* Schwab says SEC OKs broker-dealers’ use of AIP platform
* Company says platform will save time for advisers
By John McCrank
NEW YORK, March 7 (Reuters) - The process of buying and selling of hedge funds and other alternative investment assets will be much smoother for financial advisers following the U.S. Securities and Exchange Commission’s acceptance of a standardized framework for doing so, said Charles Schwab Corp .
Schwab said the SEC recently confirmed in a letter it would take no civil or criminal actions against broker-dealers for using the Depository Trust & Clearing Corp’s (DTCC‘s) Alternative Investment Products service (AIP) to establish compliance with a broker’s possession and control requirements.
DTCC began piloting AIP following the financial crisis in response to calls for more standardization and transparency in dealing with alternative assets. It based AIP on its Fund/SERV platform, which it launched around 20 years ago and is now the industry standard for processing and settling mutual fund transactions.
AIP automates and centralizes the processes related to trade order initiation, money settlement and post-trade reporting of pooled funds, such as hedge funds, funds of funds, private equity funds, and non-traded real estate investment trusts.
Before AIP, the due diligence fell on Schwab and other broker dealers, and the process could take weeks. Bernie Clark, head of Schwab’s adviser services unit, said that with AIP, it expects to be able to conduct transactions for clients who want to purchase alternative investments within 48 hours.
“It’s a big win administratively and it’s a big win in time saving,”, he said.
About 7,000 registered investment adviser firms managing around $700 billion in assets use Schwab as a custodian. Of that, around $5 billion is currently invested in alternative assets.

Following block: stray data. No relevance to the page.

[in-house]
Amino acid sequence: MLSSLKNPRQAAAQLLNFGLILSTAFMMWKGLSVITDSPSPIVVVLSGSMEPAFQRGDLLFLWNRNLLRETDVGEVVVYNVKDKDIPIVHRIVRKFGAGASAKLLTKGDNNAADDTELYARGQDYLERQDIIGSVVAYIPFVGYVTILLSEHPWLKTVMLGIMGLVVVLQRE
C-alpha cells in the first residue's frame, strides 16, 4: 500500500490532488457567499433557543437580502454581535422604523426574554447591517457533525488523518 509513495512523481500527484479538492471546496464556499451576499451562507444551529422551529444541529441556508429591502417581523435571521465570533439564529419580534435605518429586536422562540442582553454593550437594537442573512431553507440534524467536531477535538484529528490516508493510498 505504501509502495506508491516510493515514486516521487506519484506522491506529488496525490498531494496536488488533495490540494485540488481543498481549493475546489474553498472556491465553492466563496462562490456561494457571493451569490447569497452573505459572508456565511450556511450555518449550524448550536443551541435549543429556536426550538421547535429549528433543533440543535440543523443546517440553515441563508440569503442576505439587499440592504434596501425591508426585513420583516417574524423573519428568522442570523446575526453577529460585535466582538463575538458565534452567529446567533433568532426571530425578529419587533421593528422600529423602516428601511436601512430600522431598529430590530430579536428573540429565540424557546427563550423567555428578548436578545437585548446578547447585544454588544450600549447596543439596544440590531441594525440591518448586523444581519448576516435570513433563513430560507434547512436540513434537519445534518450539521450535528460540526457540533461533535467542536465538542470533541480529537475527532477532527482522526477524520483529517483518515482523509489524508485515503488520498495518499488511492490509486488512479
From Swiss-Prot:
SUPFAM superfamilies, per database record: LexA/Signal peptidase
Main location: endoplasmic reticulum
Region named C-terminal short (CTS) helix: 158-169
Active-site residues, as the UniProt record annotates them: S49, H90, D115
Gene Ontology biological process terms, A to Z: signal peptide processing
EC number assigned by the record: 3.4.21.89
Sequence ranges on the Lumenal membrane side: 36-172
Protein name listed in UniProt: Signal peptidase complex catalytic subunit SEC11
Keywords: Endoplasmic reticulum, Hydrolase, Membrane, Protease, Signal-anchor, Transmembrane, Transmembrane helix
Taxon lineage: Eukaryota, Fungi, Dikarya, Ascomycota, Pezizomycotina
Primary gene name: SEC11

“Although it’s a small portion of the portfolio of the adviser, it is incredibly important that we have this capability so that we can handle their entire portfolio, so it’s big, although the numbers right now are small,” said Clark.
He said he expects alternatives will become a more bigger part of advisers’ portfolios over time as more providers enter the space and product development speeds up.
DTCC said on Tuesday that it would soon file a proposed rule change with the SEC to amend its AIP rules. The proposal, if adopted, will allow AIP participants to meet certain custody requirements for uncertified alternative investment securities, if those positions are processed on AIP.
“This development will improve significantly the transparency, efficiency and risk profile of the current processes,” DTCC said.
DTCC provides clearance, settlement and information services for equities, bonds, government and mortgage-backed securities, money market instruments and over-the-counter derivatives.
DTCC’s depository provides custody and asset servicing for almost 3.7 million securities issues from the United States and 121 other countries and territories, valued at $39.5 trillion. In 2011, DTCC settled nearly $1.7 quadrillion in securities transactions.
Schwab said it will host a webcast in April to help educate advisers on AIP and how it will affect Schwab’s custody of alternative assets.